What could possibly be more fun?
If you are asking Rhonda, the prompt and enthusiastic answer would be, “Nothing! Nothing at all!!
The sport of Barn Hunt, as many of you already know, is one of Rhonda’s passions. Let me tell you why. 🐁
First, a reminder for those of you who might be aghast at the idea of dogs hunting rats as a sport (although it’s entirely in their genetic make-up to do so!) … no rats are harmed in the pursuit of this sport. Let’s just say, for the dogs, it’s the next best thing – and lots of fun!
The Barn Hunt rats, which are kept and cared for year-round in roomy, clean cages in their own “rat room”, are placed in the sturdy PVC pipe containers you can see in these photos right before the competition starts. Note the many air-holes in the tubes.
The rats are traded out for fresh rats every couple of hours throughout a trial day, and are returned to their big cages to eat, drink and rest up.
The competitive game of Barn Hunt is pretty simple from the dog’s point of view; search the straw bales, catch the scent of rats, find where a rat is hiding, tell Mom (or Dad) and then go find more!
Again, no rats are harmed; as soon as a dog indicates she’s on a rat, the handler yells “RAT!” and helps the dog uncover the tube. The dog is praised and the tube is carefully handed off to a volunteer “rat rangler”.
I’m including a short video here to give you an idea of what goes on in the ring. This is what’s called a “Crazy 8’s” hunt, where all levels from Novice to Masters have the same set-up, and while points are accumulated, there is no penalty if you only find one rat (or even no rats). It’s tons of fun to watch and as you can see, most of the dogs have a blast!
There are 8 rat tubes with live rats hidden in the enclosure for this game – and the dog has only two minutes to find as many as possible before time is up. That’s a lot of rats!
To make CZ8s even more challenging, there are also 4 tubes hidden with only “rat bedding” (smells like rat, but no live rat in the tube), as well as a couple of completely empty tubes. The dog must only alert on tubes with live rats and ignore all the other tubes!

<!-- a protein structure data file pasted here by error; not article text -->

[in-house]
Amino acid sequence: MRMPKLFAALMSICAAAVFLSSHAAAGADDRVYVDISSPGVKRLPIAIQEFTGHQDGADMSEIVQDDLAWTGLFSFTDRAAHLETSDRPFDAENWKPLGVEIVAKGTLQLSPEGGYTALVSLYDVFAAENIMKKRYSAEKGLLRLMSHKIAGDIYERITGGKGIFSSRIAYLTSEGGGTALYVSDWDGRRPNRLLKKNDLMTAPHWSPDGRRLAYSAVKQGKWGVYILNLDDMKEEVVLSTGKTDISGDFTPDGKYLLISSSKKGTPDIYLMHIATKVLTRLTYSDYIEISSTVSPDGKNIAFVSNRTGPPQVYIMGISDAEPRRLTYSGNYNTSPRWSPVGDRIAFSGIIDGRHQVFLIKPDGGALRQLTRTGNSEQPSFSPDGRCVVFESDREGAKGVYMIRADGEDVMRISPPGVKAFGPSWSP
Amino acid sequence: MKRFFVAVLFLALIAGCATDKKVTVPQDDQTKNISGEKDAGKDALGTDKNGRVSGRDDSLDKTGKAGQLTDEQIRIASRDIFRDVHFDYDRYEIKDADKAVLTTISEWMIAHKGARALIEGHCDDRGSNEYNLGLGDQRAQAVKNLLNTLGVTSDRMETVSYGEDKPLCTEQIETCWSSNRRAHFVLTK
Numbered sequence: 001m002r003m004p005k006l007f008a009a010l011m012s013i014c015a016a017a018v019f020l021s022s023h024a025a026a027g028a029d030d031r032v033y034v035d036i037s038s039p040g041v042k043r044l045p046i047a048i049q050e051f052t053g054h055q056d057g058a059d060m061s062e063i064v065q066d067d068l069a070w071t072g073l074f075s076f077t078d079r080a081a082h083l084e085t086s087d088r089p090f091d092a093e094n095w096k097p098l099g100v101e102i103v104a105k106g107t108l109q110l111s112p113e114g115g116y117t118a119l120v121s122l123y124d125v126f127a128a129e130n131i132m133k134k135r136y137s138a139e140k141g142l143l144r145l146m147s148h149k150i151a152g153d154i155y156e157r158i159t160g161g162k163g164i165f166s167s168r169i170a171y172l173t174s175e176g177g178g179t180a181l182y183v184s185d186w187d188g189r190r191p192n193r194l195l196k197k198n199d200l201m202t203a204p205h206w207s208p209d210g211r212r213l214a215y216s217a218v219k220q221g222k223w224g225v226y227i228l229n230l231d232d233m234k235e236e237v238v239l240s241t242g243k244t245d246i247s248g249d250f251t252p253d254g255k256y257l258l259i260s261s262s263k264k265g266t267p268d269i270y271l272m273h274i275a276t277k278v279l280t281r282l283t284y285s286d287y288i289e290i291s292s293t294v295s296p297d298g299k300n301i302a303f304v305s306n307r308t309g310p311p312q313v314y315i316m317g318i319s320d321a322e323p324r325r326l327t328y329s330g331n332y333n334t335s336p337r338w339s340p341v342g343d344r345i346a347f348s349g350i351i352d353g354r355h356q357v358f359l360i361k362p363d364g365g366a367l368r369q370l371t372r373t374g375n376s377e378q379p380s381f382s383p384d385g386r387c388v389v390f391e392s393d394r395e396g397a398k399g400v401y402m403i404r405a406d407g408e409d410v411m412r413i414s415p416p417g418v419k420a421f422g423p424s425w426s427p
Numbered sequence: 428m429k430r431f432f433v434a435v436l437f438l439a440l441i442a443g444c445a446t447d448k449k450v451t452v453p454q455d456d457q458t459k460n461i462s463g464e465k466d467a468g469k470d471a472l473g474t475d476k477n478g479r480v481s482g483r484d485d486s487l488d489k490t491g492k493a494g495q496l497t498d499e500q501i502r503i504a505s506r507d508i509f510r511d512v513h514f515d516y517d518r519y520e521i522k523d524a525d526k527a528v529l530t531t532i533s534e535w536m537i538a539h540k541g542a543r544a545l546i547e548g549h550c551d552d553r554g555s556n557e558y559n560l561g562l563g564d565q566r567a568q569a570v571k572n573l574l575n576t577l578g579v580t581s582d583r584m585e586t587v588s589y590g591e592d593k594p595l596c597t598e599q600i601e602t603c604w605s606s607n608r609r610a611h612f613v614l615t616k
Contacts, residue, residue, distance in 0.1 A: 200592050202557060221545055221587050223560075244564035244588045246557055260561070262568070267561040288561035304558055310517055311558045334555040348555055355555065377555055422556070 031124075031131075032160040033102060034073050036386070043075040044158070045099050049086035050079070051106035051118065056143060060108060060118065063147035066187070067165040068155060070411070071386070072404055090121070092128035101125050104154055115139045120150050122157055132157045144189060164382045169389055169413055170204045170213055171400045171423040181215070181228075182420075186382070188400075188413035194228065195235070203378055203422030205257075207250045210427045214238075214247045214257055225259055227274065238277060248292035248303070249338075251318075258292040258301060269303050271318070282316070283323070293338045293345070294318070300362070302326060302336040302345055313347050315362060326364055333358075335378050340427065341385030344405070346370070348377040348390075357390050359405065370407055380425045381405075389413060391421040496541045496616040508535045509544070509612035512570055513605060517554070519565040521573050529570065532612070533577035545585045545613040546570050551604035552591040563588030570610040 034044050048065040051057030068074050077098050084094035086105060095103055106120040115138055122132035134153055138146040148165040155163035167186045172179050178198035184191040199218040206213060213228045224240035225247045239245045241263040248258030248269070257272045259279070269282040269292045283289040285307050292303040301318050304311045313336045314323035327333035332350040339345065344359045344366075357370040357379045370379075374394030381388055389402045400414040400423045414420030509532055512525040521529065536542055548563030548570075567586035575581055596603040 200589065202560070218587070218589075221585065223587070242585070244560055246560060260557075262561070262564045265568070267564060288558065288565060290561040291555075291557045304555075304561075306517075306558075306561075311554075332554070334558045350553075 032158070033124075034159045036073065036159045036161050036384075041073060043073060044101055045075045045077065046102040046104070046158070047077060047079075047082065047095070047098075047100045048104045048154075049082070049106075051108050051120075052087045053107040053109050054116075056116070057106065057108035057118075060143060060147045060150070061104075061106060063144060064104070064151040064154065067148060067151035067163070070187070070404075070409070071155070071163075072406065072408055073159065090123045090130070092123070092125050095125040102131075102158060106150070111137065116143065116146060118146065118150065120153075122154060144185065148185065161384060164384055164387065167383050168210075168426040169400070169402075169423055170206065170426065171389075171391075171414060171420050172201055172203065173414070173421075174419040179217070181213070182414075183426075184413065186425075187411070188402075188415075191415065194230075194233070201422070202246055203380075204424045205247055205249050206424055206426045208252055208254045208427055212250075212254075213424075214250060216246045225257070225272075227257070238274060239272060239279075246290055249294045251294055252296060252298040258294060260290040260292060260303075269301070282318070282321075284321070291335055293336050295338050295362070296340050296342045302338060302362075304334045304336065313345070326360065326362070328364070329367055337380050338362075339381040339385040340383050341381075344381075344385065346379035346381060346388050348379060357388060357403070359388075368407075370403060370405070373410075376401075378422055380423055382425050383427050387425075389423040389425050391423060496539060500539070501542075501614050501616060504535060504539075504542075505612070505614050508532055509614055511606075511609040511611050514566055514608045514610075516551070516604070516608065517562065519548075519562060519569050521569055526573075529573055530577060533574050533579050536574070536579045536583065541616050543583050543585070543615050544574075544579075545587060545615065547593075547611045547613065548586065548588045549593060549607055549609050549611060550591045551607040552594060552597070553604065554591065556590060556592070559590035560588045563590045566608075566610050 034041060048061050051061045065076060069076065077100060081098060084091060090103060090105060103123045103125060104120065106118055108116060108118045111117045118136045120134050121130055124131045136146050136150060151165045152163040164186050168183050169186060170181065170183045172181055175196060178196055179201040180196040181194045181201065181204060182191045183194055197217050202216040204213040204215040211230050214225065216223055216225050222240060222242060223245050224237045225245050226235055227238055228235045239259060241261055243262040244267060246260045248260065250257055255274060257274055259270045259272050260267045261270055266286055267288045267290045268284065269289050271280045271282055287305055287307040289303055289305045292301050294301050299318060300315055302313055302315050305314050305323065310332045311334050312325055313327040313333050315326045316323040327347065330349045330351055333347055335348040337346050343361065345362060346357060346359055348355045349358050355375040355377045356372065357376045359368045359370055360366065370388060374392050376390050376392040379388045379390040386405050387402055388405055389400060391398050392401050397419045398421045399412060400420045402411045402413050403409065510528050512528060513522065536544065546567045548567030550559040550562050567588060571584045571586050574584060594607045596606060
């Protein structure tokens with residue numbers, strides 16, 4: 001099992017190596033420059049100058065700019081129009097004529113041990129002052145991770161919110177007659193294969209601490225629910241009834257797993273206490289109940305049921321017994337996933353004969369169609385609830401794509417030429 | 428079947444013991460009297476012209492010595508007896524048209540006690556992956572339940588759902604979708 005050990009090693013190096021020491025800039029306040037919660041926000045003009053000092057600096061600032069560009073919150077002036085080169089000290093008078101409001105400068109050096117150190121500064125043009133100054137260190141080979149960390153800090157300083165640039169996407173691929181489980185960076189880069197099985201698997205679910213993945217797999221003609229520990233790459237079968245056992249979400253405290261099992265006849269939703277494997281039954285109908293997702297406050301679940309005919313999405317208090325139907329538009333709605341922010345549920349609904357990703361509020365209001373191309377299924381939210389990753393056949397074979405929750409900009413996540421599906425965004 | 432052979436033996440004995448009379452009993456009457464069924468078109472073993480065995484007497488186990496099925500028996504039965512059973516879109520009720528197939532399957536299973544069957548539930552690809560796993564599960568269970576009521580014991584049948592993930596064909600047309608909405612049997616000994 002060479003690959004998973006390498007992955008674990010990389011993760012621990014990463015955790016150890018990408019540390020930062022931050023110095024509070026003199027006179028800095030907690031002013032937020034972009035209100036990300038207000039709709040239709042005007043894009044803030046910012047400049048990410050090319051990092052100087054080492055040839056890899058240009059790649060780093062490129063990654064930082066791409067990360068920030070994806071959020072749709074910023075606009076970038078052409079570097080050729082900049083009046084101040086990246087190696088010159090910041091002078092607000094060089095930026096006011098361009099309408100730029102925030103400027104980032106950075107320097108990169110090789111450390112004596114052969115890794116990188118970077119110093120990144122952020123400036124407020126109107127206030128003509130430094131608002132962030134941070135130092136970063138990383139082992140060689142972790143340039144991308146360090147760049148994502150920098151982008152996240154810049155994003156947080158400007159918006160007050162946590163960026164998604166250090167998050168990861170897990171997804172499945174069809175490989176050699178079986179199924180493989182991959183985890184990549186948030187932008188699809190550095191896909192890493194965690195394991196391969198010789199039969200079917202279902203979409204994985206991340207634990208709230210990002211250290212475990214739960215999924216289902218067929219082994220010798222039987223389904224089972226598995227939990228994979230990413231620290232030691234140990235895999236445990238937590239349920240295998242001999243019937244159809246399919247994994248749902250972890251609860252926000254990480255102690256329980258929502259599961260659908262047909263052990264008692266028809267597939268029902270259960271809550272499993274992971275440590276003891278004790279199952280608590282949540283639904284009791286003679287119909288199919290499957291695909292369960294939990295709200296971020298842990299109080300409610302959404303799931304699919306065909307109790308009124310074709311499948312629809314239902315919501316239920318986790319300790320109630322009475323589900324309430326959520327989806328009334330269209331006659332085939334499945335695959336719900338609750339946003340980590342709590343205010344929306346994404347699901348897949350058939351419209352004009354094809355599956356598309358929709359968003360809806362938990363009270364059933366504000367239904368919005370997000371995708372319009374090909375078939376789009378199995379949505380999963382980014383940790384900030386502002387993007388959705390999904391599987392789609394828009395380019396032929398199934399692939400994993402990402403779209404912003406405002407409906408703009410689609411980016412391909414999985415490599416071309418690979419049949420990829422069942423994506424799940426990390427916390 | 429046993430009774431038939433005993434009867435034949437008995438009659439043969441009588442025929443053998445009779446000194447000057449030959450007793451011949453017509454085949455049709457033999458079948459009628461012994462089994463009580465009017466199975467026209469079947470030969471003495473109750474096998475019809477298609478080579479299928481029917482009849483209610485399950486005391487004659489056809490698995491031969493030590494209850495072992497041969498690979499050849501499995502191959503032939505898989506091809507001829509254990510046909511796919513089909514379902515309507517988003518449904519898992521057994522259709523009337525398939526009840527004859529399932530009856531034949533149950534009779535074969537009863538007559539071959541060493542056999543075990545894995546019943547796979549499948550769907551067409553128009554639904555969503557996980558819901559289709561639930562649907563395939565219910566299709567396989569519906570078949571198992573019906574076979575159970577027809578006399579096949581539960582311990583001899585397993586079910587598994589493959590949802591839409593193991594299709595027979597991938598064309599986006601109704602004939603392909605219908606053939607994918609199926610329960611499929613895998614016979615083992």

The team gets 10 points for each rat found, plus 20 points for going through a tunnel (once) and climbing on a straw bale (once). No extra credit for extra tunnels, darn it. Rhonda loooves tunnels.
Ronni just earned her CZ8G (Gold) ribbon at this trial with a total accumulation (lifetime score, so far …) of 1,570 points! And that’s nothing – we know lots of teams with many times more points. Ronni has only been doing Barn Hunt for three years.
Now, just imagine this same hunt with the dog being a German Shepherd or other large breed dog. All breeds and mixed breeds are capable of excelling in Barn Hunt (as long as they can fit through the tunnels!) – and watching the bigger dogs dive into tunnels and clamor nimbly over straw bales is nothing short of amazing.
Getting started in Barn Hunt proved to be pretty easy. The supervisor at the local Barn Hunt practice brought a white rat in a small wire cage out and set it on a tarp. The idea was to introduce the dog or puppy (on leash) to the idea and scent of a live rat.
If they show interest (prey drive or just curiosity) they are rewarded and praised. Not all dogs care about little furry rodents ; Baxter, for example, all but shrugged his shoulders and said “So? What’s the big deal?” He’d rather do Nose Work, tracking down the elusive birch, anise or close scents. Go figure.
On the other hand; even at 4 1/2 months old, with the rat nearly as big as she was, Ronni understood instantly that this was prey – and she wanted it. Oh my, the barking!
Being small in size is definitely not a detriment in this sport. Where there’s a will, there’s a way. In fact, Dachshunds and pretty much all the Terrier breeds, have rat-hunting built into their DNA. They absolutely thrive in this environment.